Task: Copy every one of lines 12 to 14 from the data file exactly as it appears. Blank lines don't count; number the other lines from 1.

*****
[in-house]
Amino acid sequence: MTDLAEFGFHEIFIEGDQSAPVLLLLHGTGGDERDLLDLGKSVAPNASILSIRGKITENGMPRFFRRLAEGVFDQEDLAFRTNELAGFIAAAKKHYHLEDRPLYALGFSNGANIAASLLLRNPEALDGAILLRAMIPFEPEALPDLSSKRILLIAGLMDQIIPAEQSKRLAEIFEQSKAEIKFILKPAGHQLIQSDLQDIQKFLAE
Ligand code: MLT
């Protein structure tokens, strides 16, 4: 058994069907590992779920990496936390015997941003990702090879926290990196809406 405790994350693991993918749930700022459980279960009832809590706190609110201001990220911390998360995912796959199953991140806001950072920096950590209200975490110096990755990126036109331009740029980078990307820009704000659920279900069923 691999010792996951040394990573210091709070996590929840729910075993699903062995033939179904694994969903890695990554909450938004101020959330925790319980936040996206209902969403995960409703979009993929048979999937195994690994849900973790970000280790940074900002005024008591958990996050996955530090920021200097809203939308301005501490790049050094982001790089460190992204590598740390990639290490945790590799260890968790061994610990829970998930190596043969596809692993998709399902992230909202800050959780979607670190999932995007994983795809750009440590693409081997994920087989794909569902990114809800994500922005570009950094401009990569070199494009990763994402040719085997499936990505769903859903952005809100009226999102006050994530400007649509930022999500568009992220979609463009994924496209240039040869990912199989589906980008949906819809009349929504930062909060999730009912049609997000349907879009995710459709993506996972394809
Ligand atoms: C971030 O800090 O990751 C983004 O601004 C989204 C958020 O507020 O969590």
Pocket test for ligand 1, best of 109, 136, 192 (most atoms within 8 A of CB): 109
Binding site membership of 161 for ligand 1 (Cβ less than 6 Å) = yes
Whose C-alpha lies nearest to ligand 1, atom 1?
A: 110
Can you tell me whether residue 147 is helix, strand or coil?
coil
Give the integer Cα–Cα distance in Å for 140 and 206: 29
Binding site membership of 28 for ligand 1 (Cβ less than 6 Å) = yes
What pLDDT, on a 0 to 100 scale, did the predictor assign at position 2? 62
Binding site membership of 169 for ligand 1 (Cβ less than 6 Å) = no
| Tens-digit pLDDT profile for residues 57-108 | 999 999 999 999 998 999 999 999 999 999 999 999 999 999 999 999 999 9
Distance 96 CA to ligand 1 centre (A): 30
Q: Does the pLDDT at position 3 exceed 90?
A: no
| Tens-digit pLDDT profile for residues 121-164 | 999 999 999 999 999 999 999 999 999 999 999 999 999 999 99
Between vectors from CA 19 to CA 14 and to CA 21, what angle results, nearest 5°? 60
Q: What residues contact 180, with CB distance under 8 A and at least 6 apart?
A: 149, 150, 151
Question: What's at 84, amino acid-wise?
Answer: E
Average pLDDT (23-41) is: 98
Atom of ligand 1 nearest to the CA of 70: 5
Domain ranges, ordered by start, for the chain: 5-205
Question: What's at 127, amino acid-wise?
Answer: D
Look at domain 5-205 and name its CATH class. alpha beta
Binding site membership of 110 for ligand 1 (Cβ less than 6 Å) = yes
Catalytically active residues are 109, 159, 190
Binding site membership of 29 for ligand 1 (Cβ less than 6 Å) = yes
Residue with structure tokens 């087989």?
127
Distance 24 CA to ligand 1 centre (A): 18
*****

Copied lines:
Give the integer Cα–Cα distance in Å for 140 and 206: 29
Binding site membership of 28 for ligand 1 (Cβ less than 6 Å) = yes
What pLDDT, on a 0 to 100 scale, did the predictor assign at position 2? 62